Sunburn very often occurs with succulents if they are placed in the blazing sun in the spring after the hibernation without getting used to. It is better to proceed step by step: First, place your succulent plant in a bright place for 8-10 days without direct sunlight. After that, the plant should have adapted and you can take it outside. But keep watching for any spots on the leaves.
Direct sunlight is usually too much for offshoots and very young succulents. It is better to first place them in an indirectly lit place, where they can grow in peace and develop protection against sunburn.
You can read more about offshoot propagation here.
Incidentally, direct light through an east or west window is not a problem, because the sun is not as high here as in the south. The incident radiation is weaker and does not harm the succulents. Window glass also acts like a light filter.
Why succulents need a lot of sun
In the course of evolution, succulents have adapted to their natural environment.
Most species come from hot, dry areas with lots of sunlight. This is why they are also able to survive long periods without rain by storing water in their fleshy leaves – hence the name of the Latin sucus (juice).
Without sufficient light, the succulents turn pale, form long and arid growths, and eventually even die. Therefore, you should always make sure that your plants are not too dark.
If you have too little sunlight in your apartment, you can also use special plant grow lights to provide your succulents with the best possible care.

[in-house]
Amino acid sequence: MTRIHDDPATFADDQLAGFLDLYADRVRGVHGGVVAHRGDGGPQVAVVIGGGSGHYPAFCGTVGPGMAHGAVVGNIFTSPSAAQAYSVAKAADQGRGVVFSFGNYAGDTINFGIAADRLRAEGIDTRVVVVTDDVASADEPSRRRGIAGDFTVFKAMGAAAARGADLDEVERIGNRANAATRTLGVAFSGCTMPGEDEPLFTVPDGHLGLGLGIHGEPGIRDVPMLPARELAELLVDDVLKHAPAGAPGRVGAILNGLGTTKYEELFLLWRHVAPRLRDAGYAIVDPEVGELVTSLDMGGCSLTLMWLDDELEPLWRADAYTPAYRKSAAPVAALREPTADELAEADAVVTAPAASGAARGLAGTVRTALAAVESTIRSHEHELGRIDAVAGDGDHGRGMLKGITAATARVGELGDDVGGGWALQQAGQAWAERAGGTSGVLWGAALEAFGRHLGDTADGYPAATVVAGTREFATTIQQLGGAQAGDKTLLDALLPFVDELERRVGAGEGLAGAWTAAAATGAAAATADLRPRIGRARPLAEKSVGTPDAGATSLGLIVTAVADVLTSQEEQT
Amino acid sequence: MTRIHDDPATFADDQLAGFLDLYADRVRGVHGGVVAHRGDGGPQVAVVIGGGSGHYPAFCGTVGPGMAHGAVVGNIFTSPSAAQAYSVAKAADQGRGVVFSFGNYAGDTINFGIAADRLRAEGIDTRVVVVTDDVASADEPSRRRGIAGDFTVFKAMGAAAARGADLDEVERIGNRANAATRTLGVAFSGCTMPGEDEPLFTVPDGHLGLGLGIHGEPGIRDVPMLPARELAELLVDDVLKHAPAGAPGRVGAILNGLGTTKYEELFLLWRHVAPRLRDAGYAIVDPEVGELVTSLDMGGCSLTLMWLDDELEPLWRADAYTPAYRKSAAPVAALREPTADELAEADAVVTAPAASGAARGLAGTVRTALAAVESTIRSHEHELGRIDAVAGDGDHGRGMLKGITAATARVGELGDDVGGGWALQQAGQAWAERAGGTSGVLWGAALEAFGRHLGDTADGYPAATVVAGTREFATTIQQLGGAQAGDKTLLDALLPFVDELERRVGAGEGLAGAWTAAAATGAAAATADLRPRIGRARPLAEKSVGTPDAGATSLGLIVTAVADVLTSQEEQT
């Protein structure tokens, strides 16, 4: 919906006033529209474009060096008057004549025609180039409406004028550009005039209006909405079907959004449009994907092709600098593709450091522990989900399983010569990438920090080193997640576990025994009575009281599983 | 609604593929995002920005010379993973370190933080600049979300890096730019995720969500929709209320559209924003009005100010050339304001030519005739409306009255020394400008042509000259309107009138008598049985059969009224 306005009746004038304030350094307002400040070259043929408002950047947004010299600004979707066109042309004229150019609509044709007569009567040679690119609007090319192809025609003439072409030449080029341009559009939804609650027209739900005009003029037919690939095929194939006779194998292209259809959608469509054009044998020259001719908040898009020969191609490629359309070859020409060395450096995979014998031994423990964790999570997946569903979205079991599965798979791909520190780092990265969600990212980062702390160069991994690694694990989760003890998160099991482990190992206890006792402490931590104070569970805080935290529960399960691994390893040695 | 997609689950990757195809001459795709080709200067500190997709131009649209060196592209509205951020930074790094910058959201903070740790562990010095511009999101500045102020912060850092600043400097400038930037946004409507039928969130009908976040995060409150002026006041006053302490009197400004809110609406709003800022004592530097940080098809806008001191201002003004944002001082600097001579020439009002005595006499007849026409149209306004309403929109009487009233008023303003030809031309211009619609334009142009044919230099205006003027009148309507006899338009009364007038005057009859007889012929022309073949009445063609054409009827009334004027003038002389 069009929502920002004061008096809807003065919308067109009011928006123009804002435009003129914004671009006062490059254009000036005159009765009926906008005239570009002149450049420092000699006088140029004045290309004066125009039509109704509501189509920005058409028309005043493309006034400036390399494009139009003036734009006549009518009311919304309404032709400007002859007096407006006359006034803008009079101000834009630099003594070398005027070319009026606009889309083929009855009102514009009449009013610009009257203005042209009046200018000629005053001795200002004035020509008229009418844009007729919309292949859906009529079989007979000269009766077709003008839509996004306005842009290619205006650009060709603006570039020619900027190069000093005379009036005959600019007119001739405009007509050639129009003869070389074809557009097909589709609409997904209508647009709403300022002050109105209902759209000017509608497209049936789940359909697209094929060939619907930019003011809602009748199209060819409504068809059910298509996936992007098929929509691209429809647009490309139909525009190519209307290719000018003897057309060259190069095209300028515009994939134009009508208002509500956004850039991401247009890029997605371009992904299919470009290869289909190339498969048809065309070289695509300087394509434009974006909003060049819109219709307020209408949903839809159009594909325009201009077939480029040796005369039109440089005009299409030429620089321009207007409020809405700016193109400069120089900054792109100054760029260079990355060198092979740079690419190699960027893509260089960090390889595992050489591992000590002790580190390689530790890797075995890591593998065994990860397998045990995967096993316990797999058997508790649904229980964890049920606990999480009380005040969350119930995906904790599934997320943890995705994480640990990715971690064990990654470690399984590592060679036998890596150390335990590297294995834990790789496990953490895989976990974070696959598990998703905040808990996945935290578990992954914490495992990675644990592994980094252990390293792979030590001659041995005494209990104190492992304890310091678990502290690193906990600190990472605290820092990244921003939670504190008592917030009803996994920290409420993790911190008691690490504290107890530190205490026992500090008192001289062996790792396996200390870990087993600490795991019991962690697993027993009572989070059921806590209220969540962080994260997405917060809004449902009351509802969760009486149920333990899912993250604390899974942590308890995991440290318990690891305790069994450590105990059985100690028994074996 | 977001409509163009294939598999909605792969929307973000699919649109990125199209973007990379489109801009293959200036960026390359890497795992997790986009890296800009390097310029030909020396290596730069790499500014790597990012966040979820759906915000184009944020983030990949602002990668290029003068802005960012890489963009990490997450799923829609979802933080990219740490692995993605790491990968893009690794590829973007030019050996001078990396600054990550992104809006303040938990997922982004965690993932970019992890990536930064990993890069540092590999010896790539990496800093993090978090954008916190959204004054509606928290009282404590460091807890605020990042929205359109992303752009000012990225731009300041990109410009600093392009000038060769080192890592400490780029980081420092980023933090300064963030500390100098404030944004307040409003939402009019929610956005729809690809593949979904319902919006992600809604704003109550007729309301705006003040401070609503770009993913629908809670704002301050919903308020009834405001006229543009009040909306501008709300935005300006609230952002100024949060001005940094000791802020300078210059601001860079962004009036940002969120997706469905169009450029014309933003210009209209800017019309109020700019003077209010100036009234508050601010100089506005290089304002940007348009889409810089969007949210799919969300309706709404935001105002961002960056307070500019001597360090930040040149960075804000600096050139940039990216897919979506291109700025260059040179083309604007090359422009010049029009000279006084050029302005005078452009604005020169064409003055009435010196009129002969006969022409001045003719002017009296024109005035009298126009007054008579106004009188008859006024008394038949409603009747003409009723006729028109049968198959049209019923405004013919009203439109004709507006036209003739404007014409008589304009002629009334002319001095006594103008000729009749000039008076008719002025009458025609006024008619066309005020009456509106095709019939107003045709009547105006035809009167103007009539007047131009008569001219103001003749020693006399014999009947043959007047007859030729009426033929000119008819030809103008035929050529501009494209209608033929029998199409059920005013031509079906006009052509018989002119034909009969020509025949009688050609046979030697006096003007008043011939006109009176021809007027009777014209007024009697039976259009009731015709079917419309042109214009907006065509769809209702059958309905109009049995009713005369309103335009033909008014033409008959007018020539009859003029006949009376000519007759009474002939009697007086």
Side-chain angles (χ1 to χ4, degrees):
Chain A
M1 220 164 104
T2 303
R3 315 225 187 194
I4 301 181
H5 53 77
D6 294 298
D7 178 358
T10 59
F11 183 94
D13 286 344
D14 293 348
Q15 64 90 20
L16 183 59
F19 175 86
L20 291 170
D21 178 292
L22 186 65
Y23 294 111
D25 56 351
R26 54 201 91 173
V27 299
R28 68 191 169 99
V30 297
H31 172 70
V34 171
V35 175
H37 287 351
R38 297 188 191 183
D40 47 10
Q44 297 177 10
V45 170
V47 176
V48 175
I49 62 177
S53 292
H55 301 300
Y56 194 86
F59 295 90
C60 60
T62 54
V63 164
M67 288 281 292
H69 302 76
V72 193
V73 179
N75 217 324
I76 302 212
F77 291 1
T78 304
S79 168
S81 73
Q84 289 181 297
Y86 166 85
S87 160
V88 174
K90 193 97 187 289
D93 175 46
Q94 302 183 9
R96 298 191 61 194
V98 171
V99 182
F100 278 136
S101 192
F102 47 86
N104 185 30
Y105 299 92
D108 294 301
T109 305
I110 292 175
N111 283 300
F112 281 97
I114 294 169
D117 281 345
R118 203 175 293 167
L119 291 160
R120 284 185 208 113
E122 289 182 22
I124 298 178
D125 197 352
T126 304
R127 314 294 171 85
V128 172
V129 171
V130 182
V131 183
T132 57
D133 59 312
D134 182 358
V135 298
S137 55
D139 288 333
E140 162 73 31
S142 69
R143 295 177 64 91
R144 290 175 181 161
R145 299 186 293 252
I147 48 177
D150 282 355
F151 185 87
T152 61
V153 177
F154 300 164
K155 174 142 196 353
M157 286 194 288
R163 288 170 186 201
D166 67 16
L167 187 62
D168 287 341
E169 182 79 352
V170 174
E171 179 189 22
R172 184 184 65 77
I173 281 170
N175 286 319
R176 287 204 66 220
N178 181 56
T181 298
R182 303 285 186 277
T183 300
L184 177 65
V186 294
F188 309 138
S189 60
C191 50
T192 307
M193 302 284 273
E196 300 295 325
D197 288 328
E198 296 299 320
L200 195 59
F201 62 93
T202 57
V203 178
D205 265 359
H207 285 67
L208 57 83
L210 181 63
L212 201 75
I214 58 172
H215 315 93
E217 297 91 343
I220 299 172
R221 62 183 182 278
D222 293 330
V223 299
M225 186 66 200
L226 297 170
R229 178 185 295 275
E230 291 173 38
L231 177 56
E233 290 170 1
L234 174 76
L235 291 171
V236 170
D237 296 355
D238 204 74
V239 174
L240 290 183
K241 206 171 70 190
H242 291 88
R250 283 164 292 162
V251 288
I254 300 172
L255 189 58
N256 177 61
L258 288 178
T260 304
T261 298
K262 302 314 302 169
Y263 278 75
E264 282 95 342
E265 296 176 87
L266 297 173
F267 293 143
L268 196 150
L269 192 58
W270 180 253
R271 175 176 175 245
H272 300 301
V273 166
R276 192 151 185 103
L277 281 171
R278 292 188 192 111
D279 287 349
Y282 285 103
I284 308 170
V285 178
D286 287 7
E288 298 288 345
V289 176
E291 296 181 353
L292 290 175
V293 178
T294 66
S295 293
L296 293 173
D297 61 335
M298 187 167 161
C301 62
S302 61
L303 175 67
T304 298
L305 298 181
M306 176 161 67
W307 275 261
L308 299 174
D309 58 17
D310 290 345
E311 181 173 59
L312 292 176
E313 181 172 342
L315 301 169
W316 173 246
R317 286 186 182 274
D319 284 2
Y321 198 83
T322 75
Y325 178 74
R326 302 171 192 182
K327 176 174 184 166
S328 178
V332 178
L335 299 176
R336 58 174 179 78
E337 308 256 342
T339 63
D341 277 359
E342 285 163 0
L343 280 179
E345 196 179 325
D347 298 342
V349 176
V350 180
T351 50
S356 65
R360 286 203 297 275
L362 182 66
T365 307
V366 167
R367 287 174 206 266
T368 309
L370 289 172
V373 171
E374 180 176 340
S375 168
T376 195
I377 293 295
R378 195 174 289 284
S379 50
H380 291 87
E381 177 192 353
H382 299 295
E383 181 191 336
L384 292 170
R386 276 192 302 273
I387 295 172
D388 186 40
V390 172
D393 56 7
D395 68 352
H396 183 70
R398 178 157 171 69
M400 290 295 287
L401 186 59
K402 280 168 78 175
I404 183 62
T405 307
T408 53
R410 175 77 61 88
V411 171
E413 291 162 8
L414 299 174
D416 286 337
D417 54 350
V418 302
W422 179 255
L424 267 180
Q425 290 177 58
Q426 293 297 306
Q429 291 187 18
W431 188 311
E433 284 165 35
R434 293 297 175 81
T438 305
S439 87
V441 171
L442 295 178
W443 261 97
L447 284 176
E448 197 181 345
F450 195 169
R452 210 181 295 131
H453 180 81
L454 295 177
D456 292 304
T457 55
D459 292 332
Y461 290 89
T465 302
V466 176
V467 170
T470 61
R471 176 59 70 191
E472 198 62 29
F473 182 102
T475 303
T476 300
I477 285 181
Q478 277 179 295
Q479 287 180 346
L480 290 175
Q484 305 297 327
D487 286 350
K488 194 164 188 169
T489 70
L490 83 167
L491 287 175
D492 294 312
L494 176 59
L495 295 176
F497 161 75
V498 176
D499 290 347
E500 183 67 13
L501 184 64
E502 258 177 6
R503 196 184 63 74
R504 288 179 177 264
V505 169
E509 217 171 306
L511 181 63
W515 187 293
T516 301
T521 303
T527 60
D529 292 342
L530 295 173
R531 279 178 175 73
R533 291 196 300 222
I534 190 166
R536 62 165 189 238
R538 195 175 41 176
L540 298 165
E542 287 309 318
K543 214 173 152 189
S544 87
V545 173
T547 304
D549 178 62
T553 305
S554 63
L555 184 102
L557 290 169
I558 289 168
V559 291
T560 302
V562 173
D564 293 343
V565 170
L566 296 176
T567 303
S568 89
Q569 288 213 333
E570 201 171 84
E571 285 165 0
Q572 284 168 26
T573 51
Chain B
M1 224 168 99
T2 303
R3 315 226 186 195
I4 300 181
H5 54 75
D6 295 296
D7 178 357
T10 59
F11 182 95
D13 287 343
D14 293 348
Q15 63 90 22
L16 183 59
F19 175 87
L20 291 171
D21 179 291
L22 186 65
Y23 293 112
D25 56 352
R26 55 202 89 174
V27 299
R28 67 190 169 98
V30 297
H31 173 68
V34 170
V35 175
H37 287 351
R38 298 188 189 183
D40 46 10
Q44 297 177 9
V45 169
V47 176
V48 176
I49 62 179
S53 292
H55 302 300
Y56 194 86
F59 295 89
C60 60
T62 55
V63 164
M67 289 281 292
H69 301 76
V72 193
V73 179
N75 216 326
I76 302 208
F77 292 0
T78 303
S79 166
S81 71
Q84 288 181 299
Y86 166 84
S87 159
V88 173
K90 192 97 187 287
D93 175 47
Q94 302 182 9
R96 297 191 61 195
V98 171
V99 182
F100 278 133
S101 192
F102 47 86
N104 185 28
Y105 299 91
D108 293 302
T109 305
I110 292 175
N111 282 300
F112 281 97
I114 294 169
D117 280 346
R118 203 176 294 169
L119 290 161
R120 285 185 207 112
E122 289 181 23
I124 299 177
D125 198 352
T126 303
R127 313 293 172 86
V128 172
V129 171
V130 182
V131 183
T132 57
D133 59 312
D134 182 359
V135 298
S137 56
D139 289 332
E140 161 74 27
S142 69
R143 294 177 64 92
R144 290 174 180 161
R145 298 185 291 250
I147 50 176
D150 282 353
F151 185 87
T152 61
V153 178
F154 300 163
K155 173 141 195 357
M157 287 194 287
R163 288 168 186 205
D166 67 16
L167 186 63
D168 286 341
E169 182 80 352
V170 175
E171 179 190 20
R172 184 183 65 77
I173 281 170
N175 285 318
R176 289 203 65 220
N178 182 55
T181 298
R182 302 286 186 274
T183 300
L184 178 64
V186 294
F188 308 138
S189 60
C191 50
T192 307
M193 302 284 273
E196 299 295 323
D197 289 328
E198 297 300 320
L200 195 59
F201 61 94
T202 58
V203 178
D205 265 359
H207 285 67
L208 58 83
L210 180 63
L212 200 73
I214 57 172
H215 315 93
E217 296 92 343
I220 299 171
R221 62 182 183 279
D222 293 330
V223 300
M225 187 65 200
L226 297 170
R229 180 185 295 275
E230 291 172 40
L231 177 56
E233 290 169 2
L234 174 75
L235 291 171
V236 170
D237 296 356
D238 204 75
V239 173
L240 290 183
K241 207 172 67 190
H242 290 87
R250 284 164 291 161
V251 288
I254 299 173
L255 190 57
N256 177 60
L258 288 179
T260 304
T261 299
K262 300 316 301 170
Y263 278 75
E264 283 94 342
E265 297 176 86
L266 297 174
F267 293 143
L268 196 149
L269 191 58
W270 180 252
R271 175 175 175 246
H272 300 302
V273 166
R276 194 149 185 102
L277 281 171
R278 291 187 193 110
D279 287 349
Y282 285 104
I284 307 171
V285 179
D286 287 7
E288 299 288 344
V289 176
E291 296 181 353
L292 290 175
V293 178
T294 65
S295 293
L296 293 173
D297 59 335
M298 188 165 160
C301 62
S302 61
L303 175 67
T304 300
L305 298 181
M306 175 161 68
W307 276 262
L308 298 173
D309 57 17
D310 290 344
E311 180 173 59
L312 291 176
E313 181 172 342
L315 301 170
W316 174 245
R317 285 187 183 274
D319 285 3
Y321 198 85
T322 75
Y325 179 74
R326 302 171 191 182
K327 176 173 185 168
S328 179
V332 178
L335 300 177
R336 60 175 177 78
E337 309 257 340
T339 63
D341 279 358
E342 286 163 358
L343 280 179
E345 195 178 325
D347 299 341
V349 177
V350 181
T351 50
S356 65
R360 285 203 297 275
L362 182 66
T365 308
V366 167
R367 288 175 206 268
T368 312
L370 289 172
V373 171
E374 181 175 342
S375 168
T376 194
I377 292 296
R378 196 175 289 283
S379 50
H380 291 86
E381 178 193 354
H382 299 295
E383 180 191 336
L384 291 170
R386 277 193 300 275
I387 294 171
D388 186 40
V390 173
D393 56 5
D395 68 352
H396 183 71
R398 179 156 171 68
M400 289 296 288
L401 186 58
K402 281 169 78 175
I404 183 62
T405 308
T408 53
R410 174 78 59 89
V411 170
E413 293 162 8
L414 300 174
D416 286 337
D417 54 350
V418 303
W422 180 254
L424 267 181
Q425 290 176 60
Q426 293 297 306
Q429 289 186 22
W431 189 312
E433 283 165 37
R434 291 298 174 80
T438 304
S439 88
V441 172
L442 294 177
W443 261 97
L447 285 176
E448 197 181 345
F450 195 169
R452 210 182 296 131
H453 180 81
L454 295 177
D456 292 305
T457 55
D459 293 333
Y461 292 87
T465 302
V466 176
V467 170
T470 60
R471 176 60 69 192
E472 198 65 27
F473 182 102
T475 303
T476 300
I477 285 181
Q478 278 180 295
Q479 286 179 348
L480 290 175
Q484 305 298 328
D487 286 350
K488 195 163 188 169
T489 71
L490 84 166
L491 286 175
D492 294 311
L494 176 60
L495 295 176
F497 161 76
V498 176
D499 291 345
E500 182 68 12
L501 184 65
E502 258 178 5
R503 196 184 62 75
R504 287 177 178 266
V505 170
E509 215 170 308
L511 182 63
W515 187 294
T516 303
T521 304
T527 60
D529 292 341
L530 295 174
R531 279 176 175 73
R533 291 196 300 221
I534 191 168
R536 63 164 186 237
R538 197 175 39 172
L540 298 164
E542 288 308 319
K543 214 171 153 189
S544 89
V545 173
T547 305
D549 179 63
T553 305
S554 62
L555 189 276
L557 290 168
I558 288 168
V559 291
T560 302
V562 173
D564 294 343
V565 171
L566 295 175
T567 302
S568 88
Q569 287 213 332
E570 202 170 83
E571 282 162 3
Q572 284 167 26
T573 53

The light also influences the biorhythm of the plants. In the cold season, succulents notice that they get fewer hours of light per day. They go into a state of rest that promotes flower formation in the following year. Many species only bloom at all if they are temporarily in a cooler and darker environment.
Succulents shouldn't be placed in the shade in winter either, but they need less light than during the growing phase. In our part of the world, this is regulated by the shorter days anyway.
Can succulents get too much sun?
If a succulent is exposed to sunlight too quickly and too much, the exposed layers will burn. The succulent then gets spots with dark or bleached spots. In exceptional cases, the plant can die instantly. Unfortunately, when the damage is done, you can't do much more about it. The scars of the burning are usually permanent and it can take a very long time for the damaged leaves to grow out.
Will succulents grow in shade?